Oil Plunge Has U.S. Output Rising by Least in Nine MonthsLynn Doan
Oil production from the seven most prolific U.S. fields will expand in February by the slowest rate in nine months as drillers cut spending in response to the lowest crude prices in 5 1/2 years, a U.S. government forecast shows.
The seven regions, which account for 95 percent of the nation’s supply growth, will produce 5.52 million barrels a day, up 103,000 barrels from a month ago, the Energy Information Administration said in its drilling productivity report yesterday. That’s an increase of 1.9 percent, the least since May. Output gained 3.4 percent in February last year and rose 4 percent in 2013.
U.S. production growth is slowing as the collapse in oil prices prompts the country’s crude explorers to scale back capital budgets and idle the most drilling rigs in more than two decades. Escalating competition from global suppliers including the Organization of Petroleum Exporting Countries threatens to halt the shale-drilling boom that propelled U.S. output to the highest level since at least 1983.
“It’s a data point you have to give weight to after the rig count saw the sharpest drop since 1991,” Thomas Finlon, the Jupiter, Florida-based director of Energy Analytics Group LLC, said by phone yesterday. “These are the early signs that production might start to crest if not start to fall.”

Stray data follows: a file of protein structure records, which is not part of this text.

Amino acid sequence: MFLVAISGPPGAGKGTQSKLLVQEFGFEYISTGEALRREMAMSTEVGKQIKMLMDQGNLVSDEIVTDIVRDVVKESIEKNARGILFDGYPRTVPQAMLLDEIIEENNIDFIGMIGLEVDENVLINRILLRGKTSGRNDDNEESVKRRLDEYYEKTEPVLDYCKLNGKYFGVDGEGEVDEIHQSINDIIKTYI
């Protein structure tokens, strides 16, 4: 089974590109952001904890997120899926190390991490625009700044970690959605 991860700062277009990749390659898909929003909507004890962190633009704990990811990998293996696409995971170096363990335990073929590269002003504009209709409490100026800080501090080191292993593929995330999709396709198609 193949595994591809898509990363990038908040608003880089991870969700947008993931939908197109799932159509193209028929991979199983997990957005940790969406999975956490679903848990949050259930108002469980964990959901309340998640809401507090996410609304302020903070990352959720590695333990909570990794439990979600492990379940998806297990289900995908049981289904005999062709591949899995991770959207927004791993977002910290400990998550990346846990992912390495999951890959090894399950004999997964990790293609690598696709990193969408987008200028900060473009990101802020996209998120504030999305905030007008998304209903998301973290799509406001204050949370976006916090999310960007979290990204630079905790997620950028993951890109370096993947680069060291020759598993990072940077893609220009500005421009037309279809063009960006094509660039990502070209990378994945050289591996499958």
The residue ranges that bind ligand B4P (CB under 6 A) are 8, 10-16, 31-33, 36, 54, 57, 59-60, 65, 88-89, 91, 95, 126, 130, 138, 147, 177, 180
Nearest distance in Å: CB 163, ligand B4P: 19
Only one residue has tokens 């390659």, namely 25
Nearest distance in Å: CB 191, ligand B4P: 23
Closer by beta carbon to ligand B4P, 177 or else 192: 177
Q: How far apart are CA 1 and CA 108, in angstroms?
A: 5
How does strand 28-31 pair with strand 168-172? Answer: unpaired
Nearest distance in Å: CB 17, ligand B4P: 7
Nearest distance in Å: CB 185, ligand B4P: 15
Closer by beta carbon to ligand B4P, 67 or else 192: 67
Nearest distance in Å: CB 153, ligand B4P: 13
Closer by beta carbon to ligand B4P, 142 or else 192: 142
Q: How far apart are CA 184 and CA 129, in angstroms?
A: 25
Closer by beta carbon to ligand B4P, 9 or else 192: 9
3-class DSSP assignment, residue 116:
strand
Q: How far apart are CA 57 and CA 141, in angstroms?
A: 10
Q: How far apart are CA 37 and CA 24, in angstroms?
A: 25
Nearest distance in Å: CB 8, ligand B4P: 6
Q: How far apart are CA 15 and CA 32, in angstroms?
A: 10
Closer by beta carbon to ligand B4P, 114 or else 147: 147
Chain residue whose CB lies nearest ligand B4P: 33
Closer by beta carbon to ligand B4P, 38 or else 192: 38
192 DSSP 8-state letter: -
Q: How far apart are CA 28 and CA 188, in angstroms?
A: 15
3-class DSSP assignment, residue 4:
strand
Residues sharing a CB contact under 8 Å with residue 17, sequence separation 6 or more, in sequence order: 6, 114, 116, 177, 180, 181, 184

West Texas Intermediate, the U.S. benchmark crude, declined $2.29 to $46.07 a barrel on the New York Mercantile Exchange yesterday, the lowest close since April 2009. The contract for February delivery extended losses today, sliding to $45.27 in electronic trading at 12:30 p.m. Singapore time.
Production growth in North Dakota’s Bakken formation will slow to 1.86 percent in February, reaching 1.31 million barrels a day, the EIA’s report shows. The Permian Basin of Texas and New Mexico, the largest U.S. oil field, is expected to expand by 2.2 percent to 1.93 million barrels a day.
Output in Texas’s Eagle Ford formation will rise 1.5 percent to 1.72 million barrels a day, down from a 1.8 percent gain in January, according to the report.
U.S. oil drillers pulled 61 rigs out of fields last week, the most since February 1991, which also followed a slump in prices before the start of the Persian Gulf War, data compiled by Baker Hughes Inc. show.
Drilling has dropped off so quickly that monthly U.S. oil production will probably start decreasing by the end of the first half of 2015, according to Standard Chartered Plc. The rate of decline in the third quarter will be “severe” should prices remain low, analysts including Nicholas Snowdon in London said in a report yesterday.
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